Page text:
Into this mix came two sensitive NYC boys with "funny" names. I remember thinking that like most duos of the era--Peter and Gordon, Chad and Jeremy, Sonny and Cher--that "Simon" and "Garfunkel" were their FIRST names. Oh, well, what do you really know when you're thirteen? I also thought that "Sounds of Silence" must surely be a masterpiece. And when my college aged brother used to stick his head in my room when I was playing it and say, "What a stupid song! 'Sounds of silence'! That doesn't mean anything." Sigh! If only I had the vocabulary then to say, "It's an oxymoron, you moron." (He was no dummy actually, he probably knew that and was just trying to get my goat.)
A few years later, I was past Simon and Garfunkel and into more avant-gardesy kind of stuff like the Velvet Underground. I started to believe that "poetic" songs like "Sounds of Silence" were pretty darn pretentious and sophomoric, after all. Sort of like the poetry my friends and I were all writing at the time (yes, we knew it was bad, but we weren't commiting it to vinyl either).
Of course, Paul Simon was all of 21 or 22 (maybe younger) when he penned these songs. I should have been more generous. I mean, look at that cover shot--just a couple of kids! Besides, melodically, the songs all held up.
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Format: Audio CD
Ah yes, now THIS is the Simon And Garfunkel that we all know and love. Much, much better than the country-tinged debut album. It is here that Simon starts to realize his full potential as a brilliant songwriter, and Art as a breath-taking singer.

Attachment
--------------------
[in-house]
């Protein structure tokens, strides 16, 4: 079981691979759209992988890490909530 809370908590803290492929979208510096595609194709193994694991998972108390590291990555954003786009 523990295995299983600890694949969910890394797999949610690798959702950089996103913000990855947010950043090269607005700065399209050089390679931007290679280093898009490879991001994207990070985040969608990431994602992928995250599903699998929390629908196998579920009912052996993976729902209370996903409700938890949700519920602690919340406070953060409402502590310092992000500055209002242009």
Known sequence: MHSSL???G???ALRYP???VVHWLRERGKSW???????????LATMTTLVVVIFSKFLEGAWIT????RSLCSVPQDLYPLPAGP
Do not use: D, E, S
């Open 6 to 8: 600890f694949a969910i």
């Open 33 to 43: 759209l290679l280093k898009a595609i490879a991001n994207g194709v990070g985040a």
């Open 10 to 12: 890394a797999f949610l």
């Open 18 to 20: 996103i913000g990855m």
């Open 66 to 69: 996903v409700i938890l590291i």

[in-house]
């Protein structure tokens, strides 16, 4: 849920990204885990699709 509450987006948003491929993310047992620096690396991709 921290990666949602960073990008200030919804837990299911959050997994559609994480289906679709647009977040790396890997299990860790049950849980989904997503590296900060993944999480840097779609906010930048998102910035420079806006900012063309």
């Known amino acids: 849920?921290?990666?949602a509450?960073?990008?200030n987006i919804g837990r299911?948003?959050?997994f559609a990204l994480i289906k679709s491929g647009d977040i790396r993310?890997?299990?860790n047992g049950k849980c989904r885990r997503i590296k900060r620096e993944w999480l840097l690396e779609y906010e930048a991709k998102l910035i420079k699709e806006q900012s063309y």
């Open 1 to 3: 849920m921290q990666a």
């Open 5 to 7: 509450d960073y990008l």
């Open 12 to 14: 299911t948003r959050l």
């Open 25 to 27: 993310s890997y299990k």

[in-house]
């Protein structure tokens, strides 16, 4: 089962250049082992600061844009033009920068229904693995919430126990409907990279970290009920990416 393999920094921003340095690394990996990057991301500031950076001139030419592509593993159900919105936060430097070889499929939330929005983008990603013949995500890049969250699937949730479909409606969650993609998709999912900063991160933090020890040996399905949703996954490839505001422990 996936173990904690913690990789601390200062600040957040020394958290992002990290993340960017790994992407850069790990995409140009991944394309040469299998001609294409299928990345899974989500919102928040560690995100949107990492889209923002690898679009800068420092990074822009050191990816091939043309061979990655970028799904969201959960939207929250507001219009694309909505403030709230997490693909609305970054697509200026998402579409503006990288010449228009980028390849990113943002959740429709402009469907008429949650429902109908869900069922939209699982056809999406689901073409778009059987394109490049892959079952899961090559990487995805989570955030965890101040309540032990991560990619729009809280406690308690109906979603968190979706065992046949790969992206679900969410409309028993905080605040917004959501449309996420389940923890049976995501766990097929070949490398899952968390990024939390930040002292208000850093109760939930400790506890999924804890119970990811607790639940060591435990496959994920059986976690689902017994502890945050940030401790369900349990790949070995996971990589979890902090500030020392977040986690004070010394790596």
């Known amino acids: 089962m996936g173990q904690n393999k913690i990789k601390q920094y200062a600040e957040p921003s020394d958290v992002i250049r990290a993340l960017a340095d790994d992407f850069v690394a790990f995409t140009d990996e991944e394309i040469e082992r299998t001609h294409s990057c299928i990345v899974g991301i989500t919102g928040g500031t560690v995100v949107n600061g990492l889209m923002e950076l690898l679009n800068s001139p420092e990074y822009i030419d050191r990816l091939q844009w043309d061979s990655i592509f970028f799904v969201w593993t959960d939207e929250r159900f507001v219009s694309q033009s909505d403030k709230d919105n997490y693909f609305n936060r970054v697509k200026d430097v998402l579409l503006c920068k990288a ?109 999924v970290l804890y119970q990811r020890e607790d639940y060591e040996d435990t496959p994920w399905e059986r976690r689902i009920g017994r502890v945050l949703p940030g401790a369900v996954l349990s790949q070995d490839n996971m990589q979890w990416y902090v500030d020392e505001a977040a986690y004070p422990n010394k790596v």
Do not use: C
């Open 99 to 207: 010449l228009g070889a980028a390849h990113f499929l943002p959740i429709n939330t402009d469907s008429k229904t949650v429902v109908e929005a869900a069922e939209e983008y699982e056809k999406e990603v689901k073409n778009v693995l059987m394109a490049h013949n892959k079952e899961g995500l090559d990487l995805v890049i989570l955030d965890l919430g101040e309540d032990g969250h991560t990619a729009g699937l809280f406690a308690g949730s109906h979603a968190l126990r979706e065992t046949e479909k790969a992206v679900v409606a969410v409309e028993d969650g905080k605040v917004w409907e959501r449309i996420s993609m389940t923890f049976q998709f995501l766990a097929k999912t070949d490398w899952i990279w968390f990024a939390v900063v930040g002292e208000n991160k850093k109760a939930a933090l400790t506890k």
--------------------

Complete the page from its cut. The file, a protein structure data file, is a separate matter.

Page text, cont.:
The title track is of course legendary, and for good reason. Everyone knows that it's just the same version from the debut album, albeit with electric guitar and drums overdubbed, but that really takes nothing away from the grandeur of the song. It's a stunning piece of work that talks about alienation and being out of touch with reality, a subject which Simon seemed to know an awful lot about. And that vocal melody is just to die for. "Leaves That Are Green" continues with the same mood, dealing with loneliness and confusion. This one features some fantastic harpsichord as well. "Blessed" and "Kathy's Song" are the only two weak tracks on the album. "Somewhere They Can't Find Me" is, to my knowledge, the only 'rebellious' song that the boys ever did. It's about robbing a liquor store and hiding from the cops. Who'd of ever thought that S&G would do a song like THAT? Oh well, it's a killer anyway. And I totally dig that chorus ("I've got to creep down the alleyway, fly down the highway"). "Anji" is a nice little acoustic guitar instrumental, but nothing to marvel at. But very soothing. "Richard Cory" is one of my favorite S&G songs ever. It tells about a man who kills himself because he's poor and greatly misunderstood. This is very deep stuff (I wonder if there really was a guy named Richard Cory, or if S&G just used it as an example). "A Most Peculiar Man" also deals with suicide. Yes, TWO suicide songs in a row. Eerie, huh? Anyway, this song sounds strikingly similar to The Beatles.